3. Copy of official medical school transcripts
4. USMLE transcripts or Board scores
5. Medical School Dean’s letter
Whom should I contact if I have questions regarding the application process?
Please contact Anna Johnson, residency program coordinator, at (312) 864-3825 or firstname.lastname@example.org.
When do you start interviewing applicants?
We interview prospective resident candidates during the month of November over the course of two weeks.
What time does the interview day begin?
Please arrive at 8 am on the day of your interview, and head straight to the Radiology Department Conference Room which can be found on the second floor in Room 2535. Plan on staying until after lunch as the interview day will conclude around 1 pm.
Do you consider international applicants?
Yes, please contact Anna Johnson, or the department of medical education directly for specific information and inquiries.
How many resident positions are available?
We have a total of 16 radiology residents, accepting four positions per year.
Where can I park?
Applicants should park in the main hospital parking garage. The entrance is on Polk Street. We will provide you with parking validation at the end of the interview day.
Can I come for a ‘second look’?
Second looks may be scheduled with the chief residents. The residency program coordinator can provide their contact information.
In addition to daily teaching that occurs during the department’s clinical activities, residents are given “hot seat” case discussion conferences, lectures, and subspecialty conference including medical physics, that provide an in-depth and interactive approach to learning radiology.
Teaching sessions are an important component of resident education and are considered as such by the dedicated teaching faculty at Cook County Health. Staff radiologists respect protected lecture time to ensure residents are able to fully participate in all departmental offerings.
Residents are evaluated by core faculty at the completion of each rotation. Each resident is also given semi-annual feedback from the program director in a one-on-one setting.
We truly value resident opinions at Cook County Health. Residents are encouraged to provide feedback on each rotation and lecture series, as these recommendations are often quickly incorporated to further improve the program. We make sure the voice of each class is heard through dedicated class representatives. Working together, our residents truly shape the face of their education and this program.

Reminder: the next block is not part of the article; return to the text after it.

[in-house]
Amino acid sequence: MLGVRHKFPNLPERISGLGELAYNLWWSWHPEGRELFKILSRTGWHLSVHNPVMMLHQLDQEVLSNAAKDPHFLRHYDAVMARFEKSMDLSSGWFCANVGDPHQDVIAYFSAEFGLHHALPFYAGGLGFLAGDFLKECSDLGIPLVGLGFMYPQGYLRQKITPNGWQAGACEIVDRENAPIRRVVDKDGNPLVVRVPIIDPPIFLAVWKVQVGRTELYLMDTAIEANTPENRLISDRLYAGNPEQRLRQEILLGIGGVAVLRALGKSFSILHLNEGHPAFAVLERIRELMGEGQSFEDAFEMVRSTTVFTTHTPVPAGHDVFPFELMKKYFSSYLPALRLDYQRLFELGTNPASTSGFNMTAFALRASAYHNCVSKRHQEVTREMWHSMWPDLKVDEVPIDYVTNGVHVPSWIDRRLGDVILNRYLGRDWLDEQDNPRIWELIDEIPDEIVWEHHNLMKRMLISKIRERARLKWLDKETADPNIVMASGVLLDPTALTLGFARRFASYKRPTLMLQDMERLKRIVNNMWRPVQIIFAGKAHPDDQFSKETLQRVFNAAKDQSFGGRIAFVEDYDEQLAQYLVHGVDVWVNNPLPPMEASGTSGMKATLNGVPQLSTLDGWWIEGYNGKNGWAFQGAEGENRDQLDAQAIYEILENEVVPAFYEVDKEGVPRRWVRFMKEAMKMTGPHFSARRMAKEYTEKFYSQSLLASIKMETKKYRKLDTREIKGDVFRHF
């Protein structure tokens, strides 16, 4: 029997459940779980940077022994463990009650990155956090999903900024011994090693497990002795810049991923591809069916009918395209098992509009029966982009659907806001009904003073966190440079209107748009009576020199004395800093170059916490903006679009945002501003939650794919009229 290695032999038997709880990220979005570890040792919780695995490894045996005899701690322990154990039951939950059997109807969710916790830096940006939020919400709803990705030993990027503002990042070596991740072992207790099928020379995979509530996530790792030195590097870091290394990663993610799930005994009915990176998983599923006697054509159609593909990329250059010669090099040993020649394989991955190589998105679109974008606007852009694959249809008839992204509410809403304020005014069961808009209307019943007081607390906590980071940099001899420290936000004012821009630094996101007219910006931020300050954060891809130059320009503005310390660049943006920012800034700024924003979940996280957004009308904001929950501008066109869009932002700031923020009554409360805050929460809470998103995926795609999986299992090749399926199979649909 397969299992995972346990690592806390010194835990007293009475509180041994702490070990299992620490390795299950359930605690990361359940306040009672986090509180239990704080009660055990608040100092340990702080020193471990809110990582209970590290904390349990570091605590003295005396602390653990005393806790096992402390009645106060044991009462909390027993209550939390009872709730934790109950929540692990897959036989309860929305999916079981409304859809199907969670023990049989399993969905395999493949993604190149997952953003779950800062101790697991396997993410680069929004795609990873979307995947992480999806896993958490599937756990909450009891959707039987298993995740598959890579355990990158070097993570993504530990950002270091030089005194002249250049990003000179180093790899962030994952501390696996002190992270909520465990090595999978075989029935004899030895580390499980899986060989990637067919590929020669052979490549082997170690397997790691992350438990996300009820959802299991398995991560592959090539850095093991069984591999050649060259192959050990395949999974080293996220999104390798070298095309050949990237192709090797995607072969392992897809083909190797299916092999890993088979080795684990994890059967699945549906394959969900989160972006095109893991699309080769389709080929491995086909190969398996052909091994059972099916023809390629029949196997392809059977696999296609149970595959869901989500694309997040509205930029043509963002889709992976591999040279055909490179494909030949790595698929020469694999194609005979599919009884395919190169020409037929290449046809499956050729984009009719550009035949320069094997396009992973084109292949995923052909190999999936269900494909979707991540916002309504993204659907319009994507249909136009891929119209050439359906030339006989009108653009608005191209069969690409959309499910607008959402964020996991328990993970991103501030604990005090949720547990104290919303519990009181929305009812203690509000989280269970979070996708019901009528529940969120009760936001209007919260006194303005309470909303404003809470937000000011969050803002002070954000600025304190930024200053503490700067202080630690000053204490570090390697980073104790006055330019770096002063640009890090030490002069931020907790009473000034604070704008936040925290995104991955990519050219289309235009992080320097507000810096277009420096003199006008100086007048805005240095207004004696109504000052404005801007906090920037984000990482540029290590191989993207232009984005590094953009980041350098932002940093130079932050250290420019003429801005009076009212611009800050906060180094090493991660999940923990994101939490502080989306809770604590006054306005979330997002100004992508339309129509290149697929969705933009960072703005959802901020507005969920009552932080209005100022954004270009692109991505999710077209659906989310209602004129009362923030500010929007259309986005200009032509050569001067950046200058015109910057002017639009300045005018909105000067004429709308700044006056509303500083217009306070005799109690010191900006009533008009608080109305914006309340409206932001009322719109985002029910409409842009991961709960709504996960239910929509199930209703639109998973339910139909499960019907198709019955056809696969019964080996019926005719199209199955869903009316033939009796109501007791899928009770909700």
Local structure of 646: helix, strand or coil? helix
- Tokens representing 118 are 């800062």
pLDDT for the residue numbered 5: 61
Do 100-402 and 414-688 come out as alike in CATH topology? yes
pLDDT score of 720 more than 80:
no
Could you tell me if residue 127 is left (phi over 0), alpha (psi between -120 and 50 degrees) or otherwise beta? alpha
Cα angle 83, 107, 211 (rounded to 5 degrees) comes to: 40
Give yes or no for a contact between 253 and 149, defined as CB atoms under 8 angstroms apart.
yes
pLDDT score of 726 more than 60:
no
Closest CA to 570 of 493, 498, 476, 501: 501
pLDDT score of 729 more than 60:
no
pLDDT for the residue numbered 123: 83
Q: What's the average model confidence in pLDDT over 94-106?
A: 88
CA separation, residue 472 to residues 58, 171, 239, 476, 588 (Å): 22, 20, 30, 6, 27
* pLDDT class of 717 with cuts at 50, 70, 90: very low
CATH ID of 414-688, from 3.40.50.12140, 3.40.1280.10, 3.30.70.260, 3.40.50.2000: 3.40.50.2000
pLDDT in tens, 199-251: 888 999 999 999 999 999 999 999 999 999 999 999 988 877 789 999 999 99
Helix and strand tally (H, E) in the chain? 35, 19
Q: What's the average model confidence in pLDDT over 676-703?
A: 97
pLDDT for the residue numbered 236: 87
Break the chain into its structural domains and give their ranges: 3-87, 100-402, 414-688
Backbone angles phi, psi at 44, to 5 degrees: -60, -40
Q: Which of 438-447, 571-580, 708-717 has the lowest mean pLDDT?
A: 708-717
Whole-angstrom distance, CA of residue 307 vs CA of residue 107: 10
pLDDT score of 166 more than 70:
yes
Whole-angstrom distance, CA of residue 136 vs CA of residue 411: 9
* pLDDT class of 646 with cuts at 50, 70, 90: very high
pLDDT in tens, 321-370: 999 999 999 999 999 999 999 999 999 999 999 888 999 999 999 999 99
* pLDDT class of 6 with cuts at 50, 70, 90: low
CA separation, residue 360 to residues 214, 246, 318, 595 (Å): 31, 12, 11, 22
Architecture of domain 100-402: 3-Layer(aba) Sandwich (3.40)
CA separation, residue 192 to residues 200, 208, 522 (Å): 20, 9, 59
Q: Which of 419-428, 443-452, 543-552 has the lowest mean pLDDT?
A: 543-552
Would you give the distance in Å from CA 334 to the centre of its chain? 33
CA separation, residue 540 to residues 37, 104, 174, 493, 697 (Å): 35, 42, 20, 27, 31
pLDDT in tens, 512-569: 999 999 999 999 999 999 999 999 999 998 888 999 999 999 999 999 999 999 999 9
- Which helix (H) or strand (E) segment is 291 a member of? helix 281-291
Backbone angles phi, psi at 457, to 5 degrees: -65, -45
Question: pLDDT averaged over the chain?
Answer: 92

A subscription to RadPrimer is provided throughout all four years of training as an excellent study tool that is integrated into the curriculum. Residents find this a very useful study tool. During each clinical rotation there is assigned reading from RadPrimer along with a pre- and post-test. This organized approach ensures a strong foundation in the principles of radiology and allows residents to monitor their progression. Our residents are taught how to interpret and perform ultrasounds, a useful skill that is useful throughout the entirety of one’s career.
Educational workshops covering key topics in business leadership of radiology like RVU’s, revenue cycle, negotiation skills, etc. are covered. In addition, our residents are educated on key essentials of quality improvement with help of online IHI (Institute of Health Improvement) curriculum.
Morning Case Conferences
(Daily 7:30 am – 8:15 am): Given by the department chairman, this case conference trains residents to identify pertinent findings and construct appropriate differential diagnosis. The variety of cases each morning are drawn from the huge selection of pathology seen every day at Stroger Hospital.
(Daily 12 pm – 1 pm): Daily didactic sessions constitute the fundamental core of the teaching program. These lectures are given by the division head of each subspecialty and are tailored to prepare residents for the CORE exam.
First Year Lecture Series
Daily didactic sessions during the summer are aimed at the incoming first-year residents as an introduction to radiology.
(Tuesdays 3 pm – 4 pm): “Hot Seat” type conference which progressively builds on topics in MSK imaging and is organized both anatomically and by subject.
Neurosurgery Multidisciplinary Conference
(Thursdays 8 am – 9 am): Interdisciplinary conference where interesting cases are discussed with an emphasis on surgical implications and outcomes. Once a month the neuroradiology resident presents a topic of interest.